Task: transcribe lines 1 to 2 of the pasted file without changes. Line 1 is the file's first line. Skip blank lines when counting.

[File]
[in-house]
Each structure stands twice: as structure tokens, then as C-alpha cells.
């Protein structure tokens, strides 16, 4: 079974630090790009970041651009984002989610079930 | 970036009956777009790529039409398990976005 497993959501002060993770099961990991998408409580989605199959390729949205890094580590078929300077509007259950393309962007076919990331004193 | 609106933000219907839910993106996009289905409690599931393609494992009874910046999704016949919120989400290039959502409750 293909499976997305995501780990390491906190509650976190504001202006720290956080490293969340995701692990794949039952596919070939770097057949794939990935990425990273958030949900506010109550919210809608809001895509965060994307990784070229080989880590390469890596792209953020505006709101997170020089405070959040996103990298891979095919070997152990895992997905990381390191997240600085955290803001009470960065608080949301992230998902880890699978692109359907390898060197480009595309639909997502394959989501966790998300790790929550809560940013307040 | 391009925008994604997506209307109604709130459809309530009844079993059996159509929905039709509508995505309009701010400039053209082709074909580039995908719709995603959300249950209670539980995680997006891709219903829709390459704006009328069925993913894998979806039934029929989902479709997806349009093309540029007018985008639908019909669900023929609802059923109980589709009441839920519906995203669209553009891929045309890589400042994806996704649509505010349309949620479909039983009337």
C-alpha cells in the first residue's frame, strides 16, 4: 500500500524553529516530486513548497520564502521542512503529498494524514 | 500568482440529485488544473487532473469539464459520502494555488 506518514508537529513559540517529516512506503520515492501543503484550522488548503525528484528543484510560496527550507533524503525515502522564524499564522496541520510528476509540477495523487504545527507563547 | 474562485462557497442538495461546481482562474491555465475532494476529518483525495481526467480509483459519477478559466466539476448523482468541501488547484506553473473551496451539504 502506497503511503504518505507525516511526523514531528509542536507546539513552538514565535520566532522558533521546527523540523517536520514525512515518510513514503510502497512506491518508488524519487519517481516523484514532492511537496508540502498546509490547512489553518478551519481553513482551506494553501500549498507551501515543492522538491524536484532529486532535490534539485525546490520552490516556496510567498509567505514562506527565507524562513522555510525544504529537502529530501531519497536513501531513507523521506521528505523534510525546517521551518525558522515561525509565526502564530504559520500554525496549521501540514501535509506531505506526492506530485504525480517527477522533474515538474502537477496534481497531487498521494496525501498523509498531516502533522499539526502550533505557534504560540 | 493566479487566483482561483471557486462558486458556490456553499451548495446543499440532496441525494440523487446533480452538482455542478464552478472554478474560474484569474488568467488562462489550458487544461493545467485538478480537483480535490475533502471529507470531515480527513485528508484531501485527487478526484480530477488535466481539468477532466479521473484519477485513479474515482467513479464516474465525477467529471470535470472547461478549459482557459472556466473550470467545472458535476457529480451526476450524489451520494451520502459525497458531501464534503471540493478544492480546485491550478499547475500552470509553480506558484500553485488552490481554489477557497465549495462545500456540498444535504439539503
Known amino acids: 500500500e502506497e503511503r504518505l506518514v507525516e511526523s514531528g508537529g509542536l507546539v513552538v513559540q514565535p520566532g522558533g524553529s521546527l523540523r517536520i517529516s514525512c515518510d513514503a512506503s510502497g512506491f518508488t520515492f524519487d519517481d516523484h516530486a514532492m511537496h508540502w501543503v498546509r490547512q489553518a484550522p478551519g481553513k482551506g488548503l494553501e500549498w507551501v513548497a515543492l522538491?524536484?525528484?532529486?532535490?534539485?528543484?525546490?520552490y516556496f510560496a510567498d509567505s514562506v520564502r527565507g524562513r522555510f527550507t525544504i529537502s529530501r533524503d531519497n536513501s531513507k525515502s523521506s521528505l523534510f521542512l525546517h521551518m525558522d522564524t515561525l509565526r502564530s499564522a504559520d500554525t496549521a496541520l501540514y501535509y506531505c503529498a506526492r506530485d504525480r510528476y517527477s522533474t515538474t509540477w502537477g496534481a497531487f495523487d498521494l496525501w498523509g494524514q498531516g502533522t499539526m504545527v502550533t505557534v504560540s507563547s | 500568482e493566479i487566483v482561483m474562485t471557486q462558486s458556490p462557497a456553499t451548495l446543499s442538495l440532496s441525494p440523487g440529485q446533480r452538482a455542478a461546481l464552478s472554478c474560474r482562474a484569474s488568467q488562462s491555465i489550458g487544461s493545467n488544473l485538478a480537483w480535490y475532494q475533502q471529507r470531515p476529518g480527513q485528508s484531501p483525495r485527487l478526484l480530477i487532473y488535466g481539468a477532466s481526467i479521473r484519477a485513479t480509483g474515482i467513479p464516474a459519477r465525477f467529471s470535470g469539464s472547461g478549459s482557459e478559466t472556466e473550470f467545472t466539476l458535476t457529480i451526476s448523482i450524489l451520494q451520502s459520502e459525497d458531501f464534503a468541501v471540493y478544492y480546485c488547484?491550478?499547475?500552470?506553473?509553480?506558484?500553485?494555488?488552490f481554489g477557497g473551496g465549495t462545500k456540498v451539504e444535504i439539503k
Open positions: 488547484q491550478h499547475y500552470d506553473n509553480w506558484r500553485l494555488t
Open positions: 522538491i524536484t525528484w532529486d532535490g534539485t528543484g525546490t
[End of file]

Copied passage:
[in-house]
Each structure stands twice: as structure tokens, then as C-alpha cells.